When it comes to any issue, it's important to remember that there's no even distribution of support or opposition. A majority of Americans may support same-sex marriage, but that doesn't translate to a majority of people in a majority of states. In Virginia, for example, a new survey from the University of Mary Washington—which polled 1,004 adults living in the state—45 percent of respondents favored marriage equality, while 46 percent were opposed. This is a dramatic shift from seven years ago, when Virginians passed a constitutional ban on same-sex marriage, 57 percent to 43 percent.
It's worth noting that, in the last two presidential elections, public opinion in Virginia has tracked that for the country writ large. Barack Obama's 2008 margin in the state was just a point smaller than his margin overall, and his 2012 total in Virginia was nearly identical to his national performance. If, because of its demographics, Virginia is a nationally representative state, then this might be a sign of more modest support for same-sex marriage than advocates think.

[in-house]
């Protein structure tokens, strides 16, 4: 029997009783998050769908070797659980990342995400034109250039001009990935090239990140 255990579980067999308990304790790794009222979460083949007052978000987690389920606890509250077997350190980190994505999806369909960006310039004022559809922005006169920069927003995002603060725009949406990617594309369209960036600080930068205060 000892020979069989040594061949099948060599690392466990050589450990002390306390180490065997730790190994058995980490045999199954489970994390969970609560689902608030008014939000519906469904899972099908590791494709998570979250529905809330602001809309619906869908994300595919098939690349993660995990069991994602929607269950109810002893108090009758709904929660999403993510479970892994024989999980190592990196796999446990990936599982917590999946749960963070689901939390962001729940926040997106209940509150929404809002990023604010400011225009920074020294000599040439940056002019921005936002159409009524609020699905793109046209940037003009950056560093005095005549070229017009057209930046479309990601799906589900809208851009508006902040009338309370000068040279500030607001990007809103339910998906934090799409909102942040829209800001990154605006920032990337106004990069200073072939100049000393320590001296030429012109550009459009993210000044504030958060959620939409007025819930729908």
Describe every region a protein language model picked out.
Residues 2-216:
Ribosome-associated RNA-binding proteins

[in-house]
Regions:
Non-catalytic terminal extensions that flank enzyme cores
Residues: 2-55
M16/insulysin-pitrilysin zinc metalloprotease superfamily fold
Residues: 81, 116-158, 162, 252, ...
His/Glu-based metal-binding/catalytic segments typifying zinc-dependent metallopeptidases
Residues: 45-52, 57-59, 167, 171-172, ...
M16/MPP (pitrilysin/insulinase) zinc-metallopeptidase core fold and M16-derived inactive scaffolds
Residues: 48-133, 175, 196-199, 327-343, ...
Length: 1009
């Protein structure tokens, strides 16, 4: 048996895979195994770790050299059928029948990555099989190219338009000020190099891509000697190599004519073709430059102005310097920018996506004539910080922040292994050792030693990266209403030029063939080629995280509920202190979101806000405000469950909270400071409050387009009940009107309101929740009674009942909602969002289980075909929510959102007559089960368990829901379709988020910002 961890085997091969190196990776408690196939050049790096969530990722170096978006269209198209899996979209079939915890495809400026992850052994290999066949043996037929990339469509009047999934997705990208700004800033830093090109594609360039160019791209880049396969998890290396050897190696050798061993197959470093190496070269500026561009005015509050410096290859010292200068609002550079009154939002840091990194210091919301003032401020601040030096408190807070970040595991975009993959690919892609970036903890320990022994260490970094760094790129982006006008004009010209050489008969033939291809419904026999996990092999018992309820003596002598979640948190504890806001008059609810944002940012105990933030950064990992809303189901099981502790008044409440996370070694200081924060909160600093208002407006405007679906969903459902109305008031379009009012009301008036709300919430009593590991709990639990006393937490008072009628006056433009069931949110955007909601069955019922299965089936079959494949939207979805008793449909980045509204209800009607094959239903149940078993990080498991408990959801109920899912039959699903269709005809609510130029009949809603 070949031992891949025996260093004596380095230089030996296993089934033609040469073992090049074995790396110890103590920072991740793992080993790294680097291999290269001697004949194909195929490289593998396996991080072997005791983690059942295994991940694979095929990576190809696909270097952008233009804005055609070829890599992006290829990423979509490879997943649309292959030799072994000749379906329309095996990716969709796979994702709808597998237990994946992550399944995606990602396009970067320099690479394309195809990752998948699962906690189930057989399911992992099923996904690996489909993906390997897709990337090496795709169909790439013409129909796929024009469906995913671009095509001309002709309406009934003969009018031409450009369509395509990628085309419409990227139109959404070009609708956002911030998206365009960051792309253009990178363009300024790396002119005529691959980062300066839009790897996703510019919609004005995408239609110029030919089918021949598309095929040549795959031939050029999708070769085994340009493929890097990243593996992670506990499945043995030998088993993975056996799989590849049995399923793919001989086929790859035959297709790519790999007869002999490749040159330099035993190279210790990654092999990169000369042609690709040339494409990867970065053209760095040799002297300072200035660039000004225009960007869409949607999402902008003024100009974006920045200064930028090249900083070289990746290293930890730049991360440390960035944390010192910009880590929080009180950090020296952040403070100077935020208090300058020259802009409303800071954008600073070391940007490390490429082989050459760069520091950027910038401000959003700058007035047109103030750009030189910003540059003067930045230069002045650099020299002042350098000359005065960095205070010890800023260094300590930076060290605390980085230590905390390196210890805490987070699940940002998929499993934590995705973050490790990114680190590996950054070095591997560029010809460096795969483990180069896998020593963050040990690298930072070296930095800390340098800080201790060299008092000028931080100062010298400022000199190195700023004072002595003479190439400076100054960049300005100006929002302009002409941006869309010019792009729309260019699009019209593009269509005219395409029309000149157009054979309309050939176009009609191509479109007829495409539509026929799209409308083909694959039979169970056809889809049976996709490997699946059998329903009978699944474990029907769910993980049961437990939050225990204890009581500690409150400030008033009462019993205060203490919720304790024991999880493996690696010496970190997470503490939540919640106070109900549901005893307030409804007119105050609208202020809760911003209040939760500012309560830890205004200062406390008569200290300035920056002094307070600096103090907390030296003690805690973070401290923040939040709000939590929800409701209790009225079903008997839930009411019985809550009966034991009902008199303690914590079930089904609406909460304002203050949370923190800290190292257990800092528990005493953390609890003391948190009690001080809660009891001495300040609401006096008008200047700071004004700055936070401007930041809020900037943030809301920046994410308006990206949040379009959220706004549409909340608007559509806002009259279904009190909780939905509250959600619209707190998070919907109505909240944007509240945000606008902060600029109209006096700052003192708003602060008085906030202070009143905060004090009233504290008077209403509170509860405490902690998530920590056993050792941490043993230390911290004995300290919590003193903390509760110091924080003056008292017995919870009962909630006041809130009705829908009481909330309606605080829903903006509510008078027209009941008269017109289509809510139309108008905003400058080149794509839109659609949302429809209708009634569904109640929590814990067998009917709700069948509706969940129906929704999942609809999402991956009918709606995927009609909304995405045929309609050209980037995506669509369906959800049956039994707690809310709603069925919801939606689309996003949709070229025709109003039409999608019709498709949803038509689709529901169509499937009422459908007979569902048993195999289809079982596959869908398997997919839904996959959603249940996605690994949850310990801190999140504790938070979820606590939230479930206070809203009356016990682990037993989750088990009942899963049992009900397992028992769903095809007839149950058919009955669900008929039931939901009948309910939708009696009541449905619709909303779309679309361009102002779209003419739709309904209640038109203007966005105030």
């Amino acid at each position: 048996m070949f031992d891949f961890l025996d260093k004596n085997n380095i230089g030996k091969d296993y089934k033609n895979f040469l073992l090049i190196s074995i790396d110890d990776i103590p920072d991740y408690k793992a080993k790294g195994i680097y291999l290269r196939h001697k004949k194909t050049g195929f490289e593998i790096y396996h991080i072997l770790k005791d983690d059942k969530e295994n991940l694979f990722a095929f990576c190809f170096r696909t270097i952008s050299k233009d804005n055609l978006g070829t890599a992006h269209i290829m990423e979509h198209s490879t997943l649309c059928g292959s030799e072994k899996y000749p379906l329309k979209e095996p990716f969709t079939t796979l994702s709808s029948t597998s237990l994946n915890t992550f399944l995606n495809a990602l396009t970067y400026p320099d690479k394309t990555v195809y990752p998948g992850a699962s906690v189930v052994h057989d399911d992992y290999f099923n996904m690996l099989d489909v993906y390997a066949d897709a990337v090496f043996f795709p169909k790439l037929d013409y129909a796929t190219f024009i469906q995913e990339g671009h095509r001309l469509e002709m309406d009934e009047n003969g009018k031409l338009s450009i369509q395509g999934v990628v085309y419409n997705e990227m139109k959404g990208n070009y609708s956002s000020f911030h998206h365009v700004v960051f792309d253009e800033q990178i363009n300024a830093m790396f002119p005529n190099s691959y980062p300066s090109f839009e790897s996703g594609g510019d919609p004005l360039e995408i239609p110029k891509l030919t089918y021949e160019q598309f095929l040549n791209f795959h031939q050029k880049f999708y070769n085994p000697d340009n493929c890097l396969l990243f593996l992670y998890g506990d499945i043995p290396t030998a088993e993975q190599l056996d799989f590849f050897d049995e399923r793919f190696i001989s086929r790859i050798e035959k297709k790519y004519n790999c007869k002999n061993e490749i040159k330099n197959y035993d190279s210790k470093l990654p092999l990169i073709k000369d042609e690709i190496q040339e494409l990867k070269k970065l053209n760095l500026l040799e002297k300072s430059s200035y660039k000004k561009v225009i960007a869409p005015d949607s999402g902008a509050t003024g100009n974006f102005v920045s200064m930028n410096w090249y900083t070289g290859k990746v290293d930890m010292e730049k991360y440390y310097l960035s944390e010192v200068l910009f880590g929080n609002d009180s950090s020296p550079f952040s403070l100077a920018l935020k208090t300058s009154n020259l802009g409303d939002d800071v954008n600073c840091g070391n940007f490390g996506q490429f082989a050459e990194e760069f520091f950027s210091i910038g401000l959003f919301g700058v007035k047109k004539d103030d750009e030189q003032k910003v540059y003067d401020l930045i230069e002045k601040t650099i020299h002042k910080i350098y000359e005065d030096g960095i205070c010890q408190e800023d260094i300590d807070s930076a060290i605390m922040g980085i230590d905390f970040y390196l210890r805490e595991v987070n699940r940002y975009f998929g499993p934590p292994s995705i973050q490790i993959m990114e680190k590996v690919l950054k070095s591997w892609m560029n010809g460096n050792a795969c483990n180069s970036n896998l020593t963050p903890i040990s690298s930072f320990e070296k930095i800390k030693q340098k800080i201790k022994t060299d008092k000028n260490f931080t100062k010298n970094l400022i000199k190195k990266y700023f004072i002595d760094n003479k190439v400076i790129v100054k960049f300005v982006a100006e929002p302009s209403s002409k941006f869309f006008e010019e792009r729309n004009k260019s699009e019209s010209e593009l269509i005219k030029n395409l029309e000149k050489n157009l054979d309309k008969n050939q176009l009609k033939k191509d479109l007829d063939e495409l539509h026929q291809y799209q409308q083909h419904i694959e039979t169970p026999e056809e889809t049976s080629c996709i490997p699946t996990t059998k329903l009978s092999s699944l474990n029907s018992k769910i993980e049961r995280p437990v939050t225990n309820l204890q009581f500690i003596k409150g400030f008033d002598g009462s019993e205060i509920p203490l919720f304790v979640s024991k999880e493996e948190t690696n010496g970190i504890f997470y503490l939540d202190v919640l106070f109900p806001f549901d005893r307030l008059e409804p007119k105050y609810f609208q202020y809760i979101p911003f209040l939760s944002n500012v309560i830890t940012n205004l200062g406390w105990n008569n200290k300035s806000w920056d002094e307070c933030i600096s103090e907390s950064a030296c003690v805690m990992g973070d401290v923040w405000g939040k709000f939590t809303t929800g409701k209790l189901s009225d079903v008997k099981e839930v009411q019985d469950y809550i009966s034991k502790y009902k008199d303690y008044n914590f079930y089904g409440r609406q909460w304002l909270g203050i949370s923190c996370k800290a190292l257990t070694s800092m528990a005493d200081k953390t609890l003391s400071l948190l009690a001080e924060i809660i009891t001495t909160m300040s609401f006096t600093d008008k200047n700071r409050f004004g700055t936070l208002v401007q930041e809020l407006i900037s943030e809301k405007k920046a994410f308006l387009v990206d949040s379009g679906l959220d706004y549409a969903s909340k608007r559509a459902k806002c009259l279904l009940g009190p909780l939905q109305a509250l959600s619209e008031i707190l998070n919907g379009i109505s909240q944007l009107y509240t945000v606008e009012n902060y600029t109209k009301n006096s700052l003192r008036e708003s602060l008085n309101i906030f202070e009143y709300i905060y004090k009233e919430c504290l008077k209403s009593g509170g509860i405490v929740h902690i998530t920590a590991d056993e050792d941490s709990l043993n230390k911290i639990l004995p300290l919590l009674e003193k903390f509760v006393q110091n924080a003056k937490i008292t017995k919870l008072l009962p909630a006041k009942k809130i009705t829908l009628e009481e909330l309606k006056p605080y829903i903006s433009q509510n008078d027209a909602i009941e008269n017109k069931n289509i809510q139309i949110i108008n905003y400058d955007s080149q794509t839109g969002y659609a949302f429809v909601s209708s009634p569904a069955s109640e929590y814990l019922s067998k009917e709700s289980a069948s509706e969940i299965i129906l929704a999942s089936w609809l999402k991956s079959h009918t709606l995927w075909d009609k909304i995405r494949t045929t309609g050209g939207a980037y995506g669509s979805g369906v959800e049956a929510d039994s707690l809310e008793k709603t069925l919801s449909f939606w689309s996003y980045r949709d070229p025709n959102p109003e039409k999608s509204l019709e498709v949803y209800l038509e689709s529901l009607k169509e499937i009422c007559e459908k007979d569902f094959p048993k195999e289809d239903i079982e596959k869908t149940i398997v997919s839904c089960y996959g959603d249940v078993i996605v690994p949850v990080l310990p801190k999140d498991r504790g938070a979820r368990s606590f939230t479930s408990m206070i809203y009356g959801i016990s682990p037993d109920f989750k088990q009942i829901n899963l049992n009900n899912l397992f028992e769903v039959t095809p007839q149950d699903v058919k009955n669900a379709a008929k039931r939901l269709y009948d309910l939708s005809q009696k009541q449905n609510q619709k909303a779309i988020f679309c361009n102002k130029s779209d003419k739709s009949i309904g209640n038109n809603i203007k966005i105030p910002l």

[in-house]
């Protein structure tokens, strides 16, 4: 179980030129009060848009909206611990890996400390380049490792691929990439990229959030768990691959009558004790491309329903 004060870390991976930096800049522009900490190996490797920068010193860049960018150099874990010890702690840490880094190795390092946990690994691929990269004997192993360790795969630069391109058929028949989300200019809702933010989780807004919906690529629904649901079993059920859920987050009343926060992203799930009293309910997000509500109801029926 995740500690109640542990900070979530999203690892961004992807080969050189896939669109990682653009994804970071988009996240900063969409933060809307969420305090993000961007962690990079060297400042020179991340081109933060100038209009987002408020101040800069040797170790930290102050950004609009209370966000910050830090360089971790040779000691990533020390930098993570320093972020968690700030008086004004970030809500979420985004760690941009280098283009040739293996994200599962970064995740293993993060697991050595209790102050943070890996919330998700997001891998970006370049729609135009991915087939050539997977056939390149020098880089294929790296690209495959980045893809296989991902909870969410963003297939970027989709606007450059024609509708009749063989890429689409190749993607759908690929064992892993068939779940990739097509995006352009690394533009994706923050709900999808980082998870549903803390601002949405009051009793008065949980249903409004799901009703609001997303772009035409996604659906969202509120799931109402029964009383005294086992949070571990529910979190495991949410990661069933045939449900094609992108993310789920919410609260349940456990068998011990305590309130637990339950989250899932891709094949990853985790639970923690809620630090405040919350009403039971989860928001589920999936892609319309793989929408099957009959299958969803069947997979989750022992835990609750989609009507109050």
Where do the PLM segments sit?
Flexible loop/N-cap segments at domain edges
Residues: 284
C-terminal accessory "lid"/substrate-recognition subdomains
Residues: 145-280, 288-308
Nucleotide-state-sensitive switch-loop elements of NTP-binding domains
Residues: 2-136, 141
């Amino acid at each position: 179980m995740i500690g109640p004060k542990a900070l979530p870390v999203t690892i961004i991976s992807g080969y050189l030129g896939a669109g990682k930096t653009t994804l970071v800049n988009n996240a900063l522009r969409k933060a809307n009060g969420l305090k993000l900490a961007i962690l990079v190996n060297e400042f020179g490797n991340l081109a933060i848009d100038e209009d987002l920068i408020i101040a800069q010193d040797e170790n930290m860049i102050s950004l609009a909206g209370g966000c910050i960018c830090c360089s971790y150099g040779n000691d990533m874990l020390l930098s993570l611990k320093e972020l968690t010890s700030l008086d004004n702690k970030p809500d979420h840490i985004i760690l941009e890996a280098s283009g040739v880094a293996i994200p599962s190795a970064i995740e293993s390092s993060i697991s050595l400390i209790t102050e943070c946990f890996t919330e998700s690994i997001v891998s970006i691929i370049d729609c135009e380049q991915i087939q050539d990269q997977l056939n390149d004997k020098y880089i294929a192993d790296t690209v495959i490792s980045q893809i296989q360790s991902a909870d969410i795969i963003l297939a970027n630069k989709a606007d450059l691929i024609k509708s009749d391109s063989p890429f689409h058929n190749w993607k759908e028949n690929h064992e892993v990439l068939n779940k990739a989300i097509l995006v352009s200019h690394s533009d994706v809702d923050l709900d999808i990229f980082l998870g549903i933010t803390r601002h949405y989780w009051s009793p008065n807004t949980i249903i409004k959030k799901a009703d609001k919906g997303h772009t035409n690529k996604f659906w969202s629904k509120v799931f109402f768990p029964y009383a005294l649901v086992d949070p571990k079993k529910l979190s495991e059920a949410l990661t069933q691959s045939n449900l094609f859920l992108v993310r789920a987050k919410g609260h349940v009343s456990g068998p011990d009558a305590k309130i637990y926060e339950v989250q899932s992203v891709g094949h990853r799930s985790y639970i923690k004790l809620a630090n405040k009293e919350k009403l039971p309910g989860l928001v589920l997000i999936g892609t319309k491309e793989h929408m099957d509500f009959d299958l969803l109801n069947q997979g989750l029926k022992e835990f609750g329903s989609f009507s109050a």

Even if that's true, however, it's cause for optimism: If the tide is turning in a traditionalist place like the commonwealth, then it's already turned in many more areas of the country.